Gainesville, Fla. — Researchers around the globe are showing that restricting calories can extend life and slows a range of age-related disorders in mice, rats and other organisms. However, scientists are still unclear about how caloric restriction exerts its age-battling influence.
To help narrow the suspects, researchers at the University of Florida and colleagues at the University of Wisconsin have used age-related hearing loss as an indicator for what may be responsible for slowing down the aging process.
The suspect: Sirt3, a key protein. The researchers found that when Sirt3 is removed from normal mice subjects, caloric restriction loses its anti-aging powers.
More specifially, in normal mice, lowering their calorie intake to 75 percent of a regular diet reduced hearing loss, but in Sirt3-deficient mice, these dietary restriction had no effect. Further, after caloric restriction, mice lacking Sirt3 lost more cellular structures vital for hearing — sensory hair and nerve cells in the ear — than did normal mice on a similarly restricted diet.
A lead author of the study, Christiaan Leeuwenburgh, chief of the biology of aging division in the UF College of Medicine department of aging and geriatric research and a member of the UF Institute on Aging, explained that eliminating Sirt3 seems to be very negative for mitochondrial cell function and allows the accumulation of oxidative stress and damage to neurons and other cells,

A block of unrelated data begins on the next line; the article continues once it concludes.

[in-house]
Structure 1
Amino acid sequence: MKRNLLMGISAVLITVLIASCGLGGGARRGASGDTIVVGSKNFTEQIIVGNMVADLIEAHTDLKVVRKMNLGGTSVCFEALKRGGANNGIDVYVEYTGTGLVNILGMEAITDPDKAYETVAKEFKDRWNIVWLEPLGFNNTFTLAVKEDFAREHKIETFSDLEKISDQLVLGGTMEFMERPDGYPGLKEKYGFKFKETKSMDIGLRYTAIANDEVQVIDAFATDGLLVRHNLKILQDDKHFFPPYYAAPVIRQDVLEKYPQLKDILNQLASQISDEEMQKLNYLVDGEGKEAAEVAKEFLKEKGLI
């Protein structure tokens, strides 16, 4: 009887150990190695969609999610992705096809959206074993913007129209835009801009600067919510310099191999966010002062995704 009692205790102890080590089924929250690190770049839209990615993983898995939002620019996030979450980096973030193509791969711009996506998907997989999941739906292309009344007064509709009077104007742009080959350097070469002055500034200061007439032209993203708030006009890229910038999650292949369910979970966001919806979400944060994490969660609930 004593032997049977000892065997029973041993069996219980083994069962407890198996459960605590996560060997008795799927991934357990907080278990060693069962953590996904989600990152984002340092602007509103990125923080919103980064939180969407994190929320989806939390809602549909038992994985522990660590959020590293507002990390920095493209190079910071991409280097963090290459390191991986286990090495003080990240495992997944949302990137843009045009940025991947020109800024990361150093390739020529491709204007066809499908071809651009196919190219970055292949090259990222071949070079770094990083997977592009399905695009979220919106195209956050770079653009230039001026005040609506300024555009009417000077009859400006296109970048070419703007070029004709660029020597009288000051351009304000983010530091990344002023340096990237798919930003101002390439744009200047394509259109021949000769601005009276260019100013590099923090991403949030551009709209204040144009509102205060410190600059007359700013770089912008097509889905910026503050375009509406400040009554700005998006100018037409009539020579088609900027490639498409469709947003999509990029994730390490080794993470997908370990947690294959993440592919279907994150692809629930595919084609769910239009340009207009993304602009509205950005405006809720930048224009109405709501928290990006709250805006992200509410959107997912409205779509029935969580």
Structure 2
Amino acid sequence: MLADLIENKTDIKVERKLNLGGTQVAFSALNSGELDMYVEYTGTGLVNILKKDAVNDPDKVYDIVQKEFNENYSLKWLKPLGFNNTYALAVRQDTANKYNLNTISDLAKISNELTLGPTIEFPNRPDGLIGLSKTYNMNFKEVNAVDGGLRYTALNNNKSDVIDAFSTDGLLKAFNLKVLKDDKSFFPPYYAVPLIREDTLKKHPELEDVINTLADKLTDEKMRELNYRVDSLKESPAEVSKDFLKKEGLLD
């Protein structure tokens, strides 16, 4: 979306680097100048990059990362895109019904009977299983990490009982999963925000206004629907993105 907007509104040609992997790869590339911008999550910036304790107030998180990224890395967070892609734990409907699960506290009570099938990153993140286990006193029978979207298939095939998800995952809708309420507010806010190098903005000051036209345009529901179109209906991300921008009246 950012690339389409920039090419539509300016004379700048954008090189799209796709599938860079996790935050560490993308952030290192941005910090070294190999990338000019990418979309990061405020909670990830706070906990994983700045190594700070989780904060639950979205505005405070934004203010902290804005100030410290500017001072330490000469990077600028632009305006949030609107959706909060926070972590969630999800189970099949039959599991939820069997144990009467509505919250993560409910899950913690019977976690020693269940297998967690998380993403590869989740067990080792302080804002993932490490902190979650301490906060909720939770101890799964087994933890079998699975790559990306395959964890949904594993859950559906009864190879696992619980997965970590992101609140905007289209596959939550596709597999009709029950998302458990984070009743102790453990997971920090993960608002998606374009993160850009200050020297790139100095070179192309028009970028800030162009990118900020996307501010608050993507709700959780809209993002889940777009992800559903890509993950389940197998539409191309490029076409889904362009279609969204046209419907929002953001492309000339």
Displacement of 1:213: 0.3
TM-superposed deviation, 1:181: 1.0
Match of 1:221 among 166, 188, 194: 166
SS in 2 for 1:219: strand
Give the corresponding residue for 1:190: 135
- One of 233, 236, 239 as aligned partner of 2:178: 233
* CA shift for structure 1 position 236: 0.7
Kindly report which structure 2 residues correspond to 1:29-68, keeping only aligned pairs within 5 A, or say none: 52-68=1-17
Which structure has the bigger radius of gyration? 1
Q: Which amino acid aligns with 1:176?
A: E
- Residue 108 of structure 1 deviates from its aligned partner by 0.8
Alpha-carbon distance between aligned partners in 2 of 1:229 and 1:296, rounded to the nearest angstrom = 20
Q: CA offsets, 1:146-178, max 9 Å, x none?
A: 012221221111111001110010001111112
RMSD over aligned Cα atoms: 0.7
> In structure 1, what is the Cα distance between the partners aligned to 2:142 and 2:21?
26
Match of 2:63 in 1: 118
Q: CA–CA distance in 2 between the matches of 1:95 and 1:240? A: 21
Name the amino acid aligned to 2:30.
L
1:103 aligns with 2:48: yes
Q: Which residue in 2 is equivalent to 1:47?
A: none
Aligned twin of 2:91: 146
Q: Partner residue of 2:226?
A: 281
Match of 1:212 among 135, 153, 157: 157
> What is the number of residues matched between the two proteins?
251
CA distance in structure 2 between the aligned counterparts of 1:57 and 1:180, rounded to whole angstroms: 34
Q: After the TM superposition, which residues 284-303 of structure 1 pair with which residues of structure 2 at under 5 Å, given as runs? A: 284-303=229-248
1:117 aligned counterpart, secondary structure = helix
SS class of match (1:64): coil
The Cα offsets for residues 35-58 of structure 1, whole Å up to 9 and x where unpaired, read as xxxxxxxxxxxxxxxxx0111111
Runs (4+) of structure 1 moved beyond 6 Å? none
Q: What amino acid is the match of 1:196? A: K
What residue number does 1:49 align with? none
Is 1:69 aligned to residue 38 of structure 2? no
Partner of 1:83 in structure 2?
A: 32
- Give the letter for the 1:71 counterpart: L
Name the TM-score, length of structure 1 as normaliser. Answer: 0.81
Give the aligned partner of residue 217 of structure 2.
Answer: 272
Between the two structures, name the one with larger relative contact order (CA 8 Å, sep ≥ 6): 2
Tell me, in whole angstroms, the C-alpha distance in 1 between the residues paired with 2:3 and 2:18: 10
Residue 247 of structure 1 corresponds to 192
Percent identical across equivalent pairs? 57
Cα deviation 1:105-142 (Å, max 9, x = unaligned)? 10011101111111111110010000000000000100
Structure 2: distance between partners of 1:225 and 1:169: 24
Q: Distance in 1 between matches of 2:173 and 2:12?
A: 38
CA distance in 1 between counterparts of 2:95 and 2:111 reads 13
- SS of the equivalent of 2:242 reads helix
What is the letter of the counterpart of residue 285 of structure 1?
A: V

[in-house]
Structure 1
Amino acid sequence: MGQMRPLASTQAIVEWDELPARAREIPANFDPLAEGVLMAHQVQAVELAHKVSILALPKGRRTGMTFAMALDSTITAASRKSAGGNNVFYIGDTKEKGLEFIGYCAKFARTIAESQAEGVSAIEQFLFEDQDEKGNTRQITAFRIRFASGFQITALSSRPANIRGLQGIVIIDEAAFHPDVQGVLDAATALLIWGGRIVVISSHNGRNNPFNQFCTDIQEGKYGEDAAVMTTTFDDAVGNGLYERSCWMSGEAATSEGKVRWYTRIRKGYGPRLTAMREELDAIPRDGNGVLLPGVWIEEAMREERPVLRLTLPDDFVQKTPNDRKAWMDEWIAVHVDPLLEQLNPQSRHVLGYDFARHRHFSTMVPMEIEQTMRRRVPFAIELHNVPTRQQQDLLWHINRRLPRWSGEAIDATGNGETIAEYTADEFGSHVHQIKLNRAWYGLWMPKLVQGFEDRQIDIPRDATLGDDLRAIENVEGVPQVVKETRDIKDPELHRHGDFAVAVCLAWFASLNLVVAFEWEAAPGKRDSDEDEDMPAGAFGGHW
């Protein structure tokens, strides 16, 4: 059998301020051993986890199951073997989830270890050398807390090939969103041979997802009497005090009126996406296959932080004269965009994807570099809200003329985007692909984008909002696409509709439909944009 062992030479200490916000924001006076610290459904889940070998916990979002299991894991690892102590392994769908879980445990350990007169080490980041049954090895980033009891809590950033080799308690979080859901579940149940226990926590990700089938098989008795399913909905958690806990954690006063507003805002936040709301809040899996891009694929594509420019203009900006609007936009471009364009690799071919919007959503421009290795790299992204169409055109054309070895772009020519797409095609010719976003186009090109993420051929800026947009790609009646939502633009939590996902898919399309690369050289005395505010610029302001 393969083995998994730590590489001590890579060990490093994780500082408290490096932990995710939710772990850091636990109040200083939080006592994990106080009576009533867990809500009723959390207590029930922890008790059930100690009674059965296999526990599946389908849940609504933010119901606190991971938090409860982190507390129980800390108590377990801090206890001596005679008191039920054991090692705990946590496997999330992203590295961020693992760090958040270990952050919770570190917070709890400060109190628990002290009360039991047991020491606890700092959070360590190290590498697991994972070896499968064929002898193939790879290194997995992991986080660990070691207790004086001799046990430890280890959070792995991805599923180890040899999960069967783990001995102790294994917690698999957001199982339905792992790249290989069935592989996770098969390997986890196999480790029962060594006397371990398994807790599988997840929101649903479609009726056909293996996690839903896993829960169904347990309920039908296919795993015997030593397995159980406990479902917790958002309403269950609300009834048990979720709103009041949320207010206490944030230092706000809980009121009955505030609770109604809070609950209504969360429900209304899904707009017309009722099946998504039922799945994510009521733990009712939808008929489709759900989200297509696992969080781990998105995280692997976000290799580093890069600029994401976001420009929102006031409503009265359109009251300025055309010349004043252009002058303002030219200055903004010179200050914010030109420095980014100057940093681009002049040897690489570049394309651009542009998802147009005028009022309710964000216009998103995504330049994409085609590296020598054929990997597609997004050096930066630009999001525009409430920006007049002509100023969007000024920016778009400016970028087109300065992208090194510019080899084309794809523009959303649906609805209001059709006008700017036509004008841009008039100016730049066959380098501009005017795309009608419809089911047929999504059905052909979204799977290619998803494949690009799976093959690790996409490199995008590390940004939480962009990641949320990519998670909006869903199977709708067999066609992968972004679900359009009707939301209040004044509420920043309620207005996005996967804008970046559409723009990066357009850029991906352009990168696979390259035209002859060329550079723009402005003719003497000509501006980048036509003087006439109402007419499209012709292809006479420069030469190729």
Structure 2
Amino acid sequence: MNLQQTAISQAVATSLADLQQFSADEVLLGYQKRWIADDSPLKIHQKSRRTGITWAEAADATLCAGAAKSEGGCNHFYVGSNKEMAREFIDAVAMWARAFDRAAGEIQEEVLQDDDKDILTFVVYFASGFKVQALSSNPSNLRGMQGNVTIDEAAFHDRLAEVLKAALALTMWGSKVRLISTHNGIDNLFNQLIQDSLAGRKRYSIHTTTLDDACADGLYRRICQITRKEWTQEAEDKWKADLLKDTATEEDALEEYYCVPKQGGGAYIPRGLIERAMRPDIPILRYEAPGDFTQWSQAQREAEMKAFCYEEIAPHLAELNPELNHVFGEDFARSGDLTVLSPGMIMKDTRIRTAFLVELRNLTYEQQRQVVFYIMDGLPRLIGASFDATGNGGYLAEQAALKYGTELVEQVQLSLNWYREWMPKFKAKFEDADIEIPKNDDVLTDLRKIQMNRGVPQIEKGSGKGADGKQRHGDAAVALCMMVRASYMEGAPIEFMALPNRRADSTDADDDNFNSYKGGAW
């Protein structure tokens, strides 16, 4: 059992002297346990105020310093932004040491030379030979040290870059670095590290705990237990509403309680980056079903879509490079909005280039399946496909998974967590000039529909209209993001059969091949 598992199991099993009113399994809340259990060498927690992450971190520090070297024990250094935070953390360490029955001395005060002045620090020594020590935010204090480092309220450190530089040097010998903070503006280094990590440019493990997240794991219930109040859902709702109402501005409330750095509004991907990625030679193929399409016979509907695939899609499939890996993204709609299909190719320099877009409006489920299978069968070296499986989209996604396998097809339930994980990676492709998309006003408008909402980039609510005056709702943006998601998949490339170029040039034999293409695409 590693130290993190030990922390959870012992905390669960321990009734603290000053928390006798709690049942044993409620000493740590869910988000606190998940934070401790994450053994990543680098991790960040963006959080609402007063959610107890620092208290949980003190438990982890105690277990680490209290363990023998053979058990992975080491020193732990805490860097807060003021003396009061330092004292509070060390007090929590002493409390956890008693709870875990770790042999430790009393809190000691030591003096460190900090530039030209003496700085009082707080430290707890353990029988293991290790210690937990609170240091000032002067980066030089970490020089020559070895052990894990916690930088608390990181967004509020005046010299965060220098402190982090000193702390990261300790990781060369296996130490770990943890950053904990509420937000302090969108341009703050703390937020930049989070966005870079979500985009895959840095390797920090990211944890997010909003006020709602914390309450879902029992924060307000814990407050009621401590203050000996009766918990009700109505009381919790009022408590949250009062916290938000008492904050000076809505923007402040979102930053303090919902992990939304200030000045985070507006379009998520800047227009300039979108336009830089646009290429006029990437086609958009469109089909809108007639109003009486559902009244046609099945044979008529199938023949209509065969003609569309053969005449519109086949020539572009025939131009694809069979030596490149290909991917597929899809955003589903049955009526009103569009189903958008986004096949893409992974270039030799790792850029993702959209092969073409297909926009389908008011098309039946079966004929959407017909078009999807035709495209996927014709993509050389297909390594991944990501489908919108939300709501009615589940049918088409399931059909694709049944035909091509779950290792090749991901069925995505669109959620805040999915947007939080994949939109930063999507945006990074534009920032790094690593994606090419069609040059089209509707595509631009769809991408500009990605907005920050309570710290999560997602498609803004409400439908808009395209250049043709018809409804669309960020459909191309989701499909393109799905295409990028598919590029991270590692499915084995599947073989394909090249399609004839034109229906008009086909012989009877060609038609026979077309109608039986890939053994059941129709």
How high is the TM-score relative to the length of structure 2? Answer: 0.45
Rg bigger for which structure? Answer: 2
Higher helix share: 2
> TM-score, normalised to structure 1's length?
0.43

“That’s an important clue about the role that Sirt3 plays in protecting cells from age-related damage,” he said in the press announcement.
Age-related hearing loss is the most common sensory disorder among the elderly. The disorder is marked by the death of sensory hair and nerve cells in the inner ear. While those cells are long-lived, they do not regenerate, so their demise means permanent loss of hearing.
But all is not lost, since the environment in which those cells reside can be remodeled over time as damaged organelles such as mitochondria get replaced. Caloric restriction helps to rescue those damaged cells by reducing oxidative damage.
Closer examination also revealed that Sirt3 regulates a mitochondria-based defense mechanism called the glutathione antioxidant system, via which caloric restriction works to help maintain the appropriate chemical balance needed to keep sopping up damaging oxygen-containing chemicals as they appear.
Even more promising for anti-aging researchers, the effects seen in the ear were also observed in brain and liver tissue, suggesting that Sirt3 might have a role well beyond age-related hearing loss, and a potential benefit in cardiovascular and neurological diseases.
The new findings identify Sirt3 as a target around which to focus anti-aging therapeutic efforts, including investigating ways to activate its production in the body.
The findings are reported in the November issue of the journal Cell.
SOURCE: The University of Florida